TINY PIPING PLOVER CHICKS CAN SWIM! WHO KNEW?


TINY PIPING PLOVER CHICKS CAN SWIM! WHO KNEW?

Birds never cease to astonish and delight. Baby birds contain additional magic ingredients such as adorbium and cuteite. Ten days ago, a whole new level of spectator infatuation was effortlessly induced in the piping plover conservation team at Good Harbor Beach in Gloucester, Massachusetts.

The episode took a grand total of 35 seconds… For that is the time it took for three tiny piping plover chicks to get from one side of a small stretch of water to the other. By swimming! They had been spotted doing this the previous day, so the team were prepared. This was no one-off water-based miracle.

WATCH THIS CLIP AND BE UTTERLY ASTOUNDED AND ENCHANTED…

WHY DID THE PLOVER CHICKS CROSS THE WATER?

Alicia Pensarosa, amazed conservationist and photographer, later posted her video captioned “Mom and Dad plover fly to the other side first and then pipe at them to swim over. I think they do this to get to a better foraging area and to be less disturbed from beach crowds. They have been making their trek over in the morning and then come back in the afternoon (both on busy and quiet beach days)“.

WHY THE BIG SURPRISE ABOUT SWIMMING SHORE BIRDS?

Because as it turns out, very very few people have seen this behaviour before with the tiniest shorebirds. Alicia’s post on FB unsurprisingly has racked up loads of Likes, Loves, WOWs, OMGs and other enthusiastic emoticons. Plus plenty of shares. Plus a whole lot of comments and replies. In the interests of research I have examined these. One person once saw snowy plover chicks take a dip. Only two people had seen PIPL chicks do so. I’m pretty sure Michelle Stantial, pre-eminent PIPL scientist, has seen this phenomenon too. But overwhelmingly the responses can be summarised by the words ‘Who Knew?’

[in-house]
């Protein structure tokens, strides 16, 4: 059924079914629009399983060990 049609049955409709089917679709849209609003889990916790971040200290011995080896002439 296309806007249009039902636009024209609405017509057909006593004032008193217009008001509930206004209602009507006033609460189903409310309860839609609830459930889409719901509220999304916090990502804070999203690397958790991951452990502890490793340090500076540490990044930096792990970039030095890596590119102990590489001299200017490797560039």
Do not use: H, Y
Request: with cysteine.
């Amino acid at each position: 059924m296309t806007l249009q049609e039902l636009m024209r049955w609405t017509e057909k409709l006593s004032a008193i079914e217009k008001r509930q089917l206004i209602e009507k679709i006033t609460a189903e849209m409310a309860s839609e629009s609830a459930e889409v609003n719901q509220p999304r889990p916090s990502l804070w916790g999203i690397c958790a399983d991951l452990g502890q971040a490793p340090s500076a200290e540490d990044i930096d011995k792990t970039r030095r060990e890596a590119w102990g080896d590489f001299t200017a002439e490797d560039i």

And now, assuming you watched the video (and if not, why not? and please scroll back and do so forthwith), you know it too. Here’s my current favourite chick to end with.

Keith, son of Squid and Sophie, sibling of Abaco and Cherokee (for which, see HERE)

CREDITS: Alicia Pensarosa for the report, the great video and her work with PIPL; Illustrative chicks courtesy of ace PIPL photographer Northside Jim Verhagen of LBI; and Todd Pover / Conserve Wildlife Foundation New Jersey